It’s been more than 470 years since this phrase credited to French theologian John Calvin first appeared. Since then, it’s been restated by others and used in at least one play and several songs. It now appears that the phrase will apply to COVID-19 and change many businesses and lives forever.
Heightened sensitivity and awareness to sanitation and the spreading of diseases may likely force many businesses to replace their once popular touch screens regardless of the frequency at which they’re cleaned. How many consumers would be willing to patronize brands and use shared spaces like touch screens after the pandemic is over? What about high volume venues like airports and fast food establishments?
This is something CMOs may wish to address and adjust to sooner than later. Some observers believe even more consumers will rely on their smartphones because of this heightened consciousness. Making it easier and more convenient for consumers to conduct business on their phones will give brands an advantage over others who don’t.
CMOs working for brands that are relying more on apps should anticipate and prepare communications addressing an anticipated backlash over the layoffs of employees affected by such changes. Similarly, smart devices are beginning to perform tasks employees used to do like loading dishwashers, making French fries and flipping burgers. Some community repercussions need to be anticipated and successfully managed.
The future of reusable bags, once the darling of environmentalists, could be at risk. Now banned at many merchants because of a study that said they can remain contaminated, plastic bags have returned. However, the study has come under suspicion because it was performed by a lab that also represents large plastics manufacturers. The study did add that washing the recyclable bags would eliminate the problem but how and who would monitor that?
The number of neighborhood mail collection boxes has been declining and is expected to continue, particularly in light of USPS’ financial bleeding and the lack of support in Washington. This makes it even more critical for brands to make other forms of payment easy and accessible to consumers.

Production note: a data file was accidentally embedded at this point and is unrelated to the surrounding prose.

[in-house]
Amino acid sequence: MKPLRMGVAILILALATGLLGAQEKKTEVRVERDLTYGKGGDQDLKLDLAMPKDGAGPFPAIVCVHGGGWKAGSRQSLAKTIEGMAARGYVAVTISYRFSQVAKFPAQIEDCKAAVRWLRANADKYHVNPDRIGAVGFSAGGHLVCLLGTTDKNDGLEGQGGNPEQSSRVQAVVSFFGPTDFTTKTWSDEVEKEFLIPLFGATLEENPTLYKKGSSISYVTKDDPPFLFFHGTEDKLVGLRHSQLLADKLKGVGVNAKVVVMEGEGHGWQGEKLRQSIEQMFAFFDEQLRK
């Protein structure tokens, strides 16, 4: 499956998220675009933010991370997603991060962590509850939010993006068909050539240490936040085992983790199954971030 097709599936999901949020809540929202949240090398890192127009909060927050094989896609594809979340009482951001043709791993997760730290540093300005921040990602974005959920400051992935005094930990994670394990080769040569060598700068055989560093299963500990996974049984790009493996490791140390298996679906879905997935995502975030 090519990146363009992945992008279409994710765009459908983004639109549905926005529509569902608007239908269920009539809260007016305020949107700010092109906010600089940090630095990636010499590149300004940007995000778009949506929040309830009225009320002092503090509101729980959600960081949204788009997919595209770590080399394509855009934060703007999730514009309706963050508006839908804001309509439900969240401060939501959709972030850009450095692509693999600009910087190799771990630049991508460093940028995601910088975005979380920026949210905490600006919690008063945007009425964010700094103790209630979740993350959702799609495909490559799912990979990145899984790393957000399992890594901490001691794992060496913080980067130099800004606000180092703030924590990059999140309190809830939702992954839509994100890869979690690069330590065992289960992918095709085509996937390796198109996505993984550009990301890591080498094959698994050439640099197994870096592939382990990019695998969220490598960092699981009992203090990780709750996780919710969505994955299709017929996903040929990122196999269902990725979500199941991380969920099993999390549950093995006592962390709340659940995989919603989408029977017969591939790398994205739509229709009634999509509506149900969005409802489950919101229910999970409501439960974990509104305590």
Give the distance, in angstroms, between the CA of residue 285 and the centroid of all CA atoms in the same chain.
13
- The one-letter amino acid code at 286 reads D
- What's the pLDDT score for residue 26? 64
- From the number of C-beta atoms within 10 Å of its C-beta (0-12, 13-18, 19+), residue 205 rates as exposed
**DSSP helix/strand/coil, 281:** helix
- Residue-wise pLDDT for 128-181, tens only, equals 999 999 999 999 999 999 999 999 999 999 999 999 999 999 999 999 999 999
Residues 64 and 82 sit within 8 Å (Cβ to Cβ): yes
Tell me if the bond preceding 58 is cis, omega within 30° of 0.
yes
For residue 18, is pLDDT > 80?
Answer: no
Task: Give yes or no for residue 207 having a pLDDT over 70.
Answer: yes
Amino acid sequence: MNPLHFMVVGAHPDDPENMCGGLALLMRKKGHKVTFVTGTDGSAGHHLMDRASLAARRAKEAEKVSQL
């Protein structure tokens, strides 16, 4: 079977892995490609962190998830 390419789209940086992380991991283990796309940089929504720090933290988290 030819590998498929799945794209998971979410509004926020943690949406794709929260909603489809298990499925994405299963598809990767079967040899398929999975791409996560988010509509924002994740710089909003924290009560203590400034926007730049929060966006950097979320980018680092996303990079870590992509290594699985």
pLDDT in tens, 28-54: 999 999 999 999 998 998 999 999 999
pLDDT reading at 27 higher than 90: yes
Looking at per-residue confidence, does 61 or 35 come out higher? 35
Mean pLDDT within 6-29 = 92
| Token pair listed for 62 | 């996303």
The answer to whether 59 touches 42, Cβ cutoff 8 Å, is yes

Dial-up subscriptions have been declining and broadband usage accelerating since 2013. The latter now has 70% saturation. The pandemic sped it up even more with distance learning and increased online shopping. These and news that providers like Verizon are no longer accepting new dial-up subscribers make it imperative that brands encourage their dial-in consumers to transition to digital. Offering an incentive might help speed up the process.
Good news for brands! Unlike the above, one thing that is expected to improve is the frequency of electrical blackouts. This is attributed to continued improvements in the electrical grid system and the rise in solar equipment in homes and industries, including storage batteries.
What this means to marketers is that consumers have more reliable power to browse and shop online. What it also means is awareness and attentiveness by brands in knowing when their customers are least online. This is when they should update websites and perform other online changes and maintenance.
One thing that will not disappear, but which marketers must continue to be aware of is consumer privacy. CMOs must continue to be transparent and assure consumers that their data and privacy will be honored.
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